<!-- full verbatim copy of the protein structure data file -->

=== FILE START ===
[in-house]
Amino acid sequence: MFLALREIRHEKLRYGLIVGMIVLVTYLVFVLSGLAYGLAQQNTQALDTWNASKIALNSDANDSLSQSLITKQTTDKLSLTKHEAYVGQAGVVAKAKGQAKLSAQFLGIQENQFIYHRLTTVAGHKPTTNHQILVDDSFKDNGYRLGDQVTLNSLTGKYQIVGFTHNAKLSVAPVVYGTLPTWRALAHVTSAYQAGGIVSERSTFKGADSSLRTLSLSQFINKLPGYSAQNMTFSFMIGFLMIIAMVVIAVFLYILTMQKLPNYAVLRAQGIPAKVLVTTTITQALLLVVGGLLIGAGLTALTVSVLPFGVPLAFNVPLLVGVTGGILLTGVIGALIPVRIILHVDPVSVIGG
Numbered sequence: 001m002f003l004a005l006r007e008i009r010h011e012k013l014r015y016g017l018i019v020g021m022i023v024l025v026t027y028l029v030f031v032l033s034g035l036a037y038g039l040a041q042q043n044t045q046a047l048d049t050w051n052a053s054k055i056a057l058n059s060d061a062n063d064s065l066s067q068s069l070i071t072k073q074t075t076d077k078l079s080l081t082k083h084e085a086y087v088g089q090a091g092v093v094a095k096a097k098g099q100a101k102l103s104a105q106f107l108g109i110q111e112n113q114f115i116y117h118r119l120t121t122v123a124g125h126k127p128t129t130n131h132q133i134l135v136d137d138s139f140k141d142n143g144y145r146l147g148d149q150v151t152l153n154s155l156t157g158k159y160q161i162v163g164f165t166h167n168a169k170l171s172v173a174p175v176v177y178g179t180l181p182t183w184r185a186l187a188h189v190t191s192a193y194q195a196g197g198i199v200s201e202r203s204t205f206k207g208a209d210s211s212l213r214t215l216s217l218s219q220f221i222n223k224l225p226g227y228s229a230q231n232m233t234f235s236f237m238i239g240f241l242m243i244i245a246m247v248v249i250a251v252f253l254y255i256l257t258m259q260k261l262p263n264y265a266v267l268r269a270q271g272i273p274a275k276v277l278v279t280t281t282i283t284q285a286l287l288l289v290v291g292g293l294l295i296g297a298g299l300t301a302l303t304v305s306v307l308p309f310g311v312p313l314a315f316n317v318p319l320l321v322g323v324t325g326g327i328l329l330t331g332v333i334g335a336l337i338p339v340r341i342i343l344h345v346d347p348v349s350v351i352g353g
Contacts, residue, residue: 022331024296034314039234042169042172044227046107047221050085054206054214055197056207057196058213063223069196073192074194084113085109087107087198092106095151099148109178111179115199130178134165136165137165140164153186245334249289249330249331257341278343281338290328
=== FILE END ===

[in-house]
Amino acid sequence: MFLALREIRHEKLRYGLIVGMIVLVTYLVFVLSGLAYGLAQQNTQALDTWNASKIALNSDANDSLSQSLITKQTTDKLSLTKHEAYVGQAGVVAKAKGQAKLSAQFLGIQENQFIYHRLTTVAGHKPTTNHQILVDDSFKDNGYRLGDQVTLNSLTGKYQIVGFTHNAKLSVAPVVYGTLPTWRALAHVTSAYQAGGIVSERSTFKGADSSLRTLSLSQFINKLPGYSAQNMTFSFMIGFLMIIAMVVIAVFLYILTMQKLPNYAVLRAQGIPAKVLVTTTITQALLLVVGGLLIGAGLTALTVSVLPFGVPLAFNVPLLVGVTGGILLTGVIGALIPVRIILHVDPVSVIGG
Numbered sequence: 001m002f003l004a005l006r007e008i009r010h011e012k013l014r015y016g017l018i019v020g021m022i023v024l025v026t027y028l029v030f031v032l033s034g035l036a037y038g039l040a041q042q043n044t045q046a047l048d049t050w051n052a053s054k055i056a057l058n059s060d061a062n063d064s065l066s067q068s069l070i071t072k073q074t075t076d077k078l079s080l081t082k083h084e085a086y087v088g089q090a091g092v093v094a095k096a097k098g099q100a101k102l103s104a105q106f107l108g109i110q111e112n113q114f115i116y117h118r119l120t121t122v123a124g125h126k127p128t129t130n131h132q133i134l135v136d137d138s139f140k141d142n143g144y145r146l147g148d149q150v151t152l153n154s155l156t157g158k159y160q161i162v163g164f165t166h167n168a169k170l171s172v173a174p175v176v177y178g179t180l181p182t183w184r185a186l187a188h189v190t191s192a193y194q195a196g197g198i199v200s201e202r203s204t205f206k207g208a209d210s211s212l213r214t215l216s217l218s219q220f221i222n223k224l225p226g227y228s229a230q231n232m233t234f235s236f237m238i239g240f241l242m243i244i245a246m247v248v249i250a251v252f253l254y255i256l257t258m259q260k261l262p263n264y265a266v267l268r269a270q271g272i273p274a275k276v277l278v279t280t281t282i283t284q285a286l287l288l289v290v291g292g293l294l295i296g297a298g299l300t301a302l303t304v305s306v307l308p309f310g311v312p313l314a315f316n317v318p319l320l321v322g323v324t325g326g327i328l329l330t331g332v333i334g335a336l337i338p339v340r341i342i343l344h345v346d347p348v349s350v351i352g353g
Contacts, residue, residue: 022331024296034314039234042169042172044227046107047221050085054206054214055197056207057196058213063223069196073192074194084113085109087107087198092106095151099148109178111179115199130178134165136165137165140164153186245334249289249330249331257341278343281338290328